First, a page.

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28 Feb 2017

What they’d like you to believe about traffic cameras

By Paul Murrell

It seems speed and red light cameras are causing confusion amongst Australian drivers, we explain how traffic cameras work.


A recent story in the RACV magazine RoyalAuto indicates that many members seek an explanation of red light and speed cameras only after they have received an infringement notice.


Huge numbers of drivers are issued with expiation notices (including fines and loss of demerit points) every day and yet, according to the RACV, this accounts for only 0.5% of passing traffic, implying that 99.5% of drivers are within the speed limit (at least at the precise moment they pass the camera).


Red light cameras, apparently, are the cause of the most enquiries. In Victoria, the minimum fine is $379 and three demerit points, and because a red light infringement is considered so serious, there is no option for a warning... Ping! Flash! Pay up!


Red light cameras are triggered by inductive loops right after the stop line. They are not located within the intersection. In Victoria, the sensors activate half a second after the light turns to red. The cameras take two photos, one second apart, to check if the vehicle continued driving after crossing the sensor.


If your vehicle is already past the sensor when the light turns red, theoretically you will not be fined if you drive on, protecting drivers who have already entered the intersection to make a right turn. Too bad if you attempt a right turn by crossing the line more than half a second after the red light.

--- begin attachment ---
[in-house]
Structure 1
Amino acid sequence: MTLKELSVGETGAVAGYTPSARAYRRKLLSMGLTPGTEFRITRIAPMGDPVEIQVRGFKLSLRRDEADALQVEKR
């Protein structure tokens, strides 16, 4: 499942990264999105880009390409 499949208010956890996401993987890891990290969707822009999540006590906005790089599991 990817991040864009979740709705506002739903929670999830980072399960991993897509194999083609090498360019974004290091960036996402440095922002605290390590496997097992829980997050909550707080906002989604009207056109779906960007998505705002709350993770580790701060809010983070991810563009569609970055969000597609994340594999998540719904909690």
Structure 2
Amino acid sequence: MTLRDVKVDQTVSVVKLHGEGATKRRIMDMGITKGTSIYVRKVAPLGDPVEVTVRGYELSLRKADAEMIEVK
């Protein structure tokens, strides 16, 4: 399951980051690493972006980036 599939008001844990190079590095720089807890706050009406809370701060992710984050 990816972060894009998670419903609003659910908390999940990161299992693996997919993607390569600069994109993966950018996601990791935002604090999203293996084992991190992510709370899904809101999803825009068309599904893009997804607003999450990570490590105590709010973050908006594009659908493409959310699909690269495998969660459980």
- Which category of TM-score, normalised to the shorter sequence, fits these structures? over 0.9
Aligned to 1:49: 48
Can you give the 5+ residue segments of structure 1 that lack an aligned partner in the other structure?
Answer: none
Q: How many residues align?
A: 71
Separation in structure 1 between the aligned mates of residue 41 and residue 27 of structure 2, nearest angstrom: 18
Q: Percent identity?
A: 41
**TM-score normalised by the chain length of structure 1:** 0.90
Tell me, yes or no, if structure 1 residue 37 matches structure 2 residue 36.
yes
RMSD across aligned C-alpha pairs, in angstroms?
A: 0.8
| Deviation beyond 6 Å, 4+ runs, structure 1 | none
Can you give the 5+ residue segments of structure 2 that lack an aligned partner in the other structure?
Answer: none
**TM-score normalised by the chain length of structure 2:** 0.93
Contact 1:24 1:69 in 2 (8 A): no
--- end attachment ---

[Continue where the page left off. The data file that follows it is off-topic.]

Many red light cameras will also detect speeding offences, and there are permanent speed cameras in ever-increasing profusion. Each has two independent speed measurement devices, each using different technology. To be issued with a penalty, you need to be detected by both devices. What is not addressed is that red light cameras do not provide any evidence of your vehicle behind the white line when the light is red, meaning an induction loop cannot prove that your front wheels crossed the line before the light went red and that you then continued through the intersection after the light turned red, which you are legally entitled to do. Also overlooked is whether the induction loop is tied to a specific camera to make a legal connection between the devices, as they are require to do to establish traceability of evidence.


Point to point (or average speed) fixed cameras are also appearing on more and more stretches of multi-lane highways and freeways (there’s little to be gained if you can speed along the road, then exit the road before being timed by the second speed camera). The biggest problem with these cameras is that even if you slow down for each of the cameras, driving above the speed limit between the camera locations means you can be issued with an infringement notice. Unfortunately, there is nothing in a modern car that can tell you what your “average speed” between two points is or was, so you’re always at risk of being fined. There’s another problem, too. In law, there is a principle of “double jeopardy” that protects people from being fined twice for the same offence. A driver passing the first of two point to point cameras could, conceivably, be fined for travelling above the speed limit. Assuming he/she continues to travel above the speed limit, when clocked by the second speed camera, an infringement notice will be issued for exceeding the average speed. And finally, as he/she passes the second camera at a speed above the posted limit, a third infringement notice could be issued.